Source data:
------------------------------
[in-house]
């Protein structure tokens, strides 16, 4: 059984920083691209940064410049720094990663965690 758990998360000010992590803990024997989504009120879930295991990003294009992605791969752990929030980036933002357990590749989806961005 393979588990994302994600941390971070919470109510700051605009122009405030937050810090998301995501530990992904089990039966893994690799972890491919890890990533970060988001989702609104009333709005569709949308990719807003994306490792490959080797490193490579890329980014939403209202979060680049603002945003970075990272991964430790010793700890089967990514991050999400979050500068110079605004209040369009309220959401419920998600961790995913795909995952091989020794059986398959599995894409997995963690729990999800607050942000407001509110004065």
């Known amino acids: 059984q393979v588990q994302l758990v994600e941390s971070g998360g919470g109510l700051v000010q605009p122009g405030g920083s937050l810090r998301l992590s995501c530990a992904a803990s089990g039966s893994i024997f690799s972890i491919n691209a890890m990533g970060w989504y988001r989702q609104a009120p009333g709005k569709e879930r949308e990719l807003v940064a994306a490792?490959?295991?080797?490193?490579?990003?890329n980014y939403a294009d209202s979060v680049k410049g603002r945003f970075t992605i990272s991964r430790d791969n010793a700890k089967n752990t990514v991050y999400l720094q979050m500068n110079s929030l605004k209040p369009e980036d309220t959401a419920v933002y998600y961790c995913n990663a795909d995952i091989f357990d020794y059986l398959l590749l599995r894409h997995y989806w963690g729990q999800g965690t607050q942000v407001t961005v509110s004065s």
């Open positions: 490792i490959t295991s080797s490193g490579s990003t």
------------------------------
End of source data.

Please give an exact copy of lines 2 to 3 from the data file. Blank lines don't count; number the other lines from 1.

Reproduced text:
């Protein structure tokens, strides 16, 4: 059984920083691209940064410049720094990663965690 758990998360000010992590803990024997989504009120879930295991990003294009992605791969752990929030980036933002357990590749989806961005 393979588990994302994600941390971070919470109510700051605009122009405030937050810090998301995501530990992904089990039966893994690799972890491919890890990533970060988001989702609104009333709005569709949308990719807003994306490792490959080797490193490579890329980014939403209202979060680049603002945003970075990272991964430790010793700890089967990514991050999400979050500068110079605004209040369009309220959401419920998600961790995913795909995952091989020794059986398959599995894409997995963690729990999800607050942000407001509110004065």
């Known amino acids: 059984q393979v588990q994302l758990v994600e941390s971070g998360g919470g109510l700051v000010q605009p122009g405030g920083s937050l810090r998301l992590s995501c530990a992904a803990s089990g039966s893994i024997f690799s972890i491919n691209a890890m990533g970060w989504y988001r989702q609104a009120p009333g709005k569709e879930r949308e990719l807003v940064a994306a490792?490959?295991?080797?490193?490579?990003?890329n980014y939403a294009d209202s979060v680049k410049g603002r945003f970075t992605i990272s991964r430790d791969n010793a700890k089967n752990t990514v991050y999400l720094q979050m500068n110079s929030l605004k209040p369009e980036d309220t959401a419920v933002y998600y961790c995913n990663a795909d995952i091989f357990d020794y059986l398959l590749l599995r894409h997995y989806w963690g729990q999800g965690t607050q942000v407001t961005v509110s004065s």